It may come as a surprise to learn that some of the most memorable television shows on the small screen are actually spin-offs from other popular programs. Over the decades, a wide variety of television genres have led to the creation of thrilling and hugely entertaining companion series, not only to make a name for itself in show business, but to further elevate the status of its predecessor. Some of these riveting shows have even surpassed the original in terms of fame and success, with many receiving immense accolades and numerous accolades during their outstanding tenures on television.
Iconic classic sitcoms like Laverne and Shirley and fraser to edgy crime dramas such as You better call Saul and Law and order: SVU, Spin-off shows have been and continue to be a very lucrative business in Hollywood. The late and great Robin Williams first gained recognition with his hilarious, over-the-top performance in the 70s staple Mork and Mindy, captivating audiences everywhere with his jaw-dropping humor and improvisational skills. Steven Colbert had previously delivered his amusing comment on The daily show before landing his own breakthrough program, one of Comedy Central’s funniest shows, The Colbert report. Here are some of the best spin-off TV series.
Following the experiences of cynical and sharp titular character Daria Morgendorffer as she navigates teenage life in Lawndale, MTV’s animated adult sitcom Darya is a spin-off of the epic comedy series Mike Judge Beavis and Butthead, with the angsty girl having been a recurring character on the program. The judge gave Darya creators Glenn Eichler and Susie Lewis Lynn have permission to create the series, although he himself has no involvement in the production of the sitcom.
Darya would go on to attract a loyal following and run for five seasons, establishing Daria as an admirable female cartoon character and influencing sneaky television ever since. After the series finale, Slate The magazine went on to praise the MTV classic, writing that “the series bites the dust without ever getting the credit it deserves: for social satire, witty writing, and above all, for a character really original principal”.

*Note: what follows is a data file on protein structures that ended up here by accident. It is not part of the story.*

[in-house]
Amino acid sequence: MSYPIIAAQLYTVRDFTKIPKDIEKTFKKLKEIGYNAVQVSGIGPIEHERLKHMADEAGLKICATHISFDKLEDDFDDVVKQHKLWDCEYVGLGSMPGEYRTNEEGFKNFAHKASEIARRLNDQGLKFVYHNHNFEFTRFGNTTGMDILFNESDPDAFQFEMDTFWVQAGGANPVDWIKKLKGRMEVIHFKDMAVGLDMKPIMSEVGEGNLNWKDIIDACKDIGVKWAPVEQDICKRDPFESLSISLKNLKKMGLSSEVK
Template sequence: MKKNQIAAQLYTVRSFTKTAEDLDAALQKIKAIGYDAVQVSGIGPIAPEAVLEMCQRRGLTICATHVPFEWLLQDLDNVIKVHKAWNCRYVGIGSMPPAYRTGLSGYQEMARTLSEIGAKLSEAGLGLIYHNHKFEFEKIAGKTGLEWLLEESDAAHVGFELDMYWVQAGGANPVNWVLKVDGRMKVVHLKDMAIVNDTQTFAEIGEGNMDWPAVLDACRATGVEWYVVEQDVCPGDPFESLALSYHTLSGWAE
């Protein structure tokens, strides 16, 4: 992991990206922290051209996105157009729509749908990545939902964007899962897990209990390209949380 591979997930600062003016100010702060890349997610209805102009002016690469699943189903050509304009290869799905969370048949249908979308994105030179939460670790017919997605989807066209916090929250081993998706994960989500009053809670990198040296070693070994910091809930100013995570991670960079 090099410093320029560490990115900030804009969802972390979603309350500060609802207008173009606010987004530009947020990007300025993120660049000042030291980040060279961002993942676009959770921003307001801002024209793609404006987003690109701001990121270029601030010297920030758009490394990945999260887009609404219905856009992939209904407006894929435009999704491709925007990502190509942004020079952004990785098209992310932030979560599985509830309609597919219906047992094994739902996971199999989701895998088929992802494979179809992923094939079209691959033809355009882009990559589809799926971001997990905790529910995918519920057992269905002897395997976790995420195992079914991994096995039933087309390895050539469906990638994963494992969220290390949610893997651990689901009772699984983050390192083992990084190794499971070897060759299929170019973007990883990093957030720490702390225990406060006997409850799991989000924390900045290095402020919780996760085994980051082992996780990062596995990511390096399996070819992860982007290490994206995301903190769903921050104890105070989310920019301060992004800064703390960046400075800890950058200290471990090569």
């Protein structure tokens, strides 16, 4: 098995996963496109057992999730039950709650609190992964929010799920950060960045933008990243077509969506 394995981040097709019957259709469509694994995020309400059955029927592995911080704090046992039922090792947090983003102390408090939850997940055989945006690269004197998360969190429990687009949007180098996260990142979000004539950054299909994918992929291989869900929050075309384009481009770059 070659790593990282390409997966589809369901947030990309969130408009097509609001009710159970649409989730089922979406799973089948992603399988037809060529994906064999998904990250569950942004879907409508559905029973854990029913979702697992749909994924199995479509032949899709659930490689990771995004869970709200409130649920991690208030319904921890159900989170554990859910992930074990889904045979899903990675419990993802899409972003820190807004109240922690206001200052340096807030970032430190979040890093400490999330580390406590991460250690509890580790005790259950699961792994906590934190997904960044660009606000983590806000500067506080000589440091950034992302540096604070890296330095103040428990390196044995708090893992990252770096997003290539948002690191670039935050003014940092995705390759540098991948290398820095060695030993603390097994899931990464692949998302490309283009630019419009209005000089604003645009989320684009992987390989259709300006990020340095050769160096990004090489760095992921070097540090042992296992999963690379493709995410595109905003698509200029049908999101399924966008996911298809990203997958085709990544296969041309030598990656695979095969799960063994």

8 Mork and Mindy
Legendary comedian and improv superstar Robin Williams appeared alongside Pam Dawber in the 1978 sitcom Mork and Mindy, in which the late performer hilariously appeared as an alien from the planet Ork who finds friendship and later love with the kind Mindy McConnell. The character of Mork first appeared in a 1978 episode of Happy Days in a tribute to 60s comedy My favorite Martian, with the beloved sitcom wanting to capitalize on the success of recently releasing star wars image. At the time, Williams was an unknown actor who impressed talented producer and writer Garry Marshall with his offbeat humor and exceptional improvisational and physical comedy skills. the show helped propel the comedian to superstardom and was a crucial project in his outstanding career.
seven The facts of life
Following the life and endeavors of Edna Garrett as she takes up a job as a stay-at-home mom and dietitian at an all-girls boarding school in Peekskill, New York, the long-running 1980s sitcom The facts of life is a spin-off of Different strokes with the character of Edna first introduced as the Drummonds’ family housekeeper. Actress Charlotte Rae pitched the idea for an Edna-centric sideshow, which was quickly approved by NBC in hopes that Than the facts of life would address the various issues that teens face, such as dieting, drugs and alcohol, depression, and love life. The sitcom’s success during his tenure led to three popular made-for-TV movies and in 2011 he received the TV Land Award for Pop Culture Icon for his impact on the small screen.
6 You better call Saul
Serving as a spin-off, prequel, and sequel to Vince Gilligan’s groundbreaking creation Breaking Bad, the AMC crime drama You better call Saul centers on reformed con man and passionate lawyer Jimmy McGill as he sheds his past and transforms into self-absorbed criminal defense attorney Saul Goodman. The brilliant Bob Odenkirk reprises his role as the scene-stealer from the original series, which chronicles the character’s evolution and rise to power over the six years leading up to the events of Breaking Bad.